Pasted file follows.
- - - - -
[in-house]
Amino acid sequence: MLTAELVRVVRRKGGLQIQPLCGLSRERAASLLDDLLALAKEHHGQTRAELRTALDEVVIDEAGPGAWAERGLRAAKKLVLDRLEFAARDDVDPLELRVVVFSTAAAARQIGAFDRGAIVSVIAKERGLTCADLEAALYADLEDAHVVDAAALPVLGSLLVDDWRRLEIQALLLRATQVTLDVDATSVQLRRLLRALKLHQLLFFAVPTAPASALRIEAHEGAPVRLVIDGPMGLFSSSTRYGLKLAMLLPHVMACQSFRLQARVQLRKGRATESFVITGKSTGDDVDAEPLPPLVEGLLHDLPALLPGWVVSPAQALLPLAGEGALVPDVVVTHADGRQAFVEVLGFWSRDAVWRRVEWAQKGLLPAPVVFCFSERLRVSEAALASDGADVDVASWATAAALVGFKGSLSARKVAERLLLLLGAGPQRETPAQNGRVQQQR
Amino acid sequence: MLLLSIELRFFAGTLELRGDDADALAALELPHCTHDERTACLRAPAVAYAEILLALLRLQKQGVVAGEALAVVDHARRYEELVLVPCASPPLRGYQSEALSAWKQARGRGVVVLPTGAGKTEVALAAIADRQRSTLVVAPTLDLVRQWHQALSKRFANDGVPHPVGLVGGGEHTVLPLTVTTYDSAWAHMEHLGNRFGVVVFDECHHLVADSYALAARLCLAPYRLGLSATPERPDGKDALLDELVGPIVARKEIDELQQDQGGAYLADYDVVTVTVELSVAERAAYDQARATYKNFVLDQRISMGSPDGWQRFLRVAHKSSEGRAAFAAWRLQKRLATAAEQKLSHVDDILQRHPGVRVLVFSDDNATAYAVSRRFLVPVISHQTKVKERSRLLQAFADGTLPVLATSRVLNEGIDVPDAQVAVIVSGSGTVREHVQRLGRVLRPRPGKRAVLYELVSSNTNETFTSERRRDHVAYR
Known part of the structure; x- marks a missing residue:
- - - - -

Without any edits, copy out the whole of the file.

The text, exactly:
[in-house]
Amino acid sequence: MLTAELVRVVRRKGGLQIQPLCGLSRERAASLLDDLLALAKEHHGQTRAELRTALDEVVIDEAGPGAWAERGLRAAKKLVLDRLEFAARDDVDPLELRVVVFSTAAAARQIGAFDRGAIVSVIAKERGLTCADLEAALYADLEDAHVVDAAALPVLGSLLVDDWRRLEIQALLLRATQVTLDVDATSVQLRRLLRALKLHQLLFFAVPTAPASALRIEAHEGAPVRLVIDGPMGLFSSSTRYGLKLAMLLPHVMACQSFRLQARVQLRKGRATESFVITGKSTGDDVDAEPLPPLVEGLLHDLPALLPGWVVSPAQALLPLAGEGALVPDVVVTHADGRQAFVEVLGFWSRDAVWRRVEWAQKGLLPAPVVFCFSERLRVSEAALASDGADVDVASWATAAALVGFKGSLSARKVAERLLLLLGAGPQRETPAQNGRVQQQR
Amino acid sequence: MLLLSIELRFFAGTLELRGDDADALAALELPHCTHDERTACLRAPAVAYAEILLALLRLQKQGVVAGEALAVVDHARRYEELVLVPCASPPLRGYQSEALSAWKQARGRGVVVLPTGAGKTEVALAAIADRQRSTLVVAPTLDLVRQWHQALSKRFANDGVPHPVGLVGGGEHTVLPLTVTTYDSAWAHMEHLGNRFGVVVFDECHHLVADSYALAARLCLAPYRLGLSATPERPDGKDALLDELVGPIVARKEIDELQQDQGGAYLADYDVVTVTVELSVAERAAYDQARATYKNFVLDQRISMGSPDGWQRFLRVAHKSSEGRAAFAAWRLQKRLATAAEQKLSHVDDILQRHPGVRVLVFSDDNATAYAVSRRFLVPVISHQTKVKERSRLLQAFADGTLPVLATSRVLNEGIDVPDAQVAVIVSGSGTVREHVQRLGRVLRPRPGKRAVLYELVSSNTNETFTSERRRDHVAYR
Known part of the structure; x- marks a missing residue: